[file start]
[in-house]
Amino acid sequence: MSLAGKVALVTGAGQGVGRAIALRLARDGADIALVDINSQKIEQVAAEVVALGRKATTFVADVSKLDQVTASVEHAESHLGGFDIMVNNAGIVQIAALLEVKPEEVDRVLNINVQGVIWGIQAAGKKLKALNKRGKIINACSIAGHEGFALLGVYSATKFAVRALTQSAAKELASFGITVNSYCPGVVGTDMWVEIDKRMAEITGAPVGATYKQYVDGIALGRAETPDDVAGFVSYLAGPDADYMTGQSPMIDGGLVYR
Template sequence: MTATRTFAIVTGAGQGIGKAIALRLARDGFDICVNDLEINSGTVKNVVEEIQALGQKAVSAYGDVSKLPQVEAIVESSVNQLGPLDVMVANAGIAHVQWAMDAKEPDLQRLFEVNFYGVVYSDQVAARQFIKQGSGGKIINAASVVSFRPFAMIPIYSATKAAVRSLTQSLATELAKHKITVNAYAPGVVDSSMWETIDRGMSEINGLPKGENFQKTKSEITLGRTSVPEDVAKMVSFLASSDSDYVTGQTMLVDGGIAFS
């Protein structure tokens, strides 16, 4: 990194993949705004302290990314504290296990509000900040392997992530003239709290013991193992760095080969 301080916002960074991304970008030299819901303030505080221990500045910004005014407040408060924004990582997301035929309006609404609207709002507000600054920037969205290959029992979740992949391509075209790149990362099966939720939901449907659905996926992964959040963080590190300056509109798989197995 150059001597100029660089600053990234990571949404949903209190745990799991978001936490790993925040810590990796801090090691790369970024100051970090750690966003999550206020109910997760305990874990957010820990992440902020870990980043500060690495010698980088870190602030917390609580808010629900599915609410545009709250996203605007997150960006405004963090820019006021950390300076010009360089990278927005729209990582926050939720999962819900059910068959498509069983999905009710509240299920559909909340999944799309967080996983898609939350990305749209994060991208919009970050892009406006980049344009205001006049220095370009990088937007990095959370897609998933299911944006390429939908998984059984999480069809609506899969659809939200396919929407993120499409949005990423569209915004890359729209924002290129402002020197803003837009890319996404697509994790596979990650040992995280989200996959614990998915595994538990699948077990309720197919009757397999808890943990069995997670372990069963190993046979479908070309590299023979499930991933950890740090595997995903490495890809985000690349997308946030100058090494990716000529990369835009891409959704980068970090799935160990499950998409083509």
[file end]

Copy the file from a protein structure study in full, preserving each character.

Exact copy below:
[in-house]
Amino acid sequence: MSLAGKVALVTGAGQGVGRAIALRLARDGADIALVDINSQKIEQVAAEVVALGRKATTFVADVSKLDQVTASVEHAESHLGGFDIMVNNAGIVQIAALLEVKPEEVDRVLNINVQGVIWGIQAAGKKLKALNKRGKIINACSIAGHEGFALLGVYSATKFAVRALTQSAAKELASFGITVNSYCPGVVGTDMWVEIDKRMAEITGAPVGATYKQYVDGIALGRAETPDDVAGFVSYLAGPDADYMTGQSPMIDGGLVYR
Template sequence: MTATRTFAIVTGAGQGIGKAIALRLARDGFDICVNDLEINSGTVKNVVEEIQALGQKAVSAYGDVSKLPQVEAIVESSVNQLGPLDVMVANAGIAHVQWAMDAKEPDLQRLFEVNFYGVVYSDQVAARQFIKQGSGGKIINAASVVSFRPFAMIPIYSATKAAVRSLTQSLATELAKHKITVNAYAPGVVDSSMWETIDRGMSEINGLPKGENFQKTKSEITLGRTSVPEDVAKMVSFLASSDSDYVTGQTMLVDGGIAFS
């Protein structure tokens, strides 16, 4: 990194993949705004302290990314504290296990509000900040392997992530003239709290013991193992760095080969 301080916002960074991304970008030299819901303030505080221990500045910004005014407040408060924004990582997301035929309006609404609207709002507000600054920037969205290959029992979740992949391509075209790149990362099966939720939901449907659905996926992964959040963080590190300056509109798989197995 150059001597100029660089600053990234990571949404949903209190745990799991978001936490790993925040810590990796801090090691790369970024100051970090750690966003999550206020109910997760305990874990957010820990992440902020870990980043500060690495010698980088870190602030917390609580808010629900599915609410545009709250996203605007997150960006405004963090820019006021950390300076010009360089990278927005729209990582926050939720999962819900059910068959498509069983999905009710509240299920559909909340999944799309967080996983898609939350990305749209994060991208919009970050892009406006980049344009205001006049220095370009990088937007990095959370897609998933299911944006390429939908998984059984999480069809609506899969659809939200396919929407993120499409949005990423569209915004890359729209924002290129402002020197803003837009890319996404697509994790596979990650040992995280989200996959614990998915595994538990699948077990309720197919009757397999808890943990069995997670372990069963190993046979479908070309590299023979499930991933950890740090595997995903490495890809985000690349997308946030100058090494990716000529990369835009891409959704980068970090799935160990499950998409083509």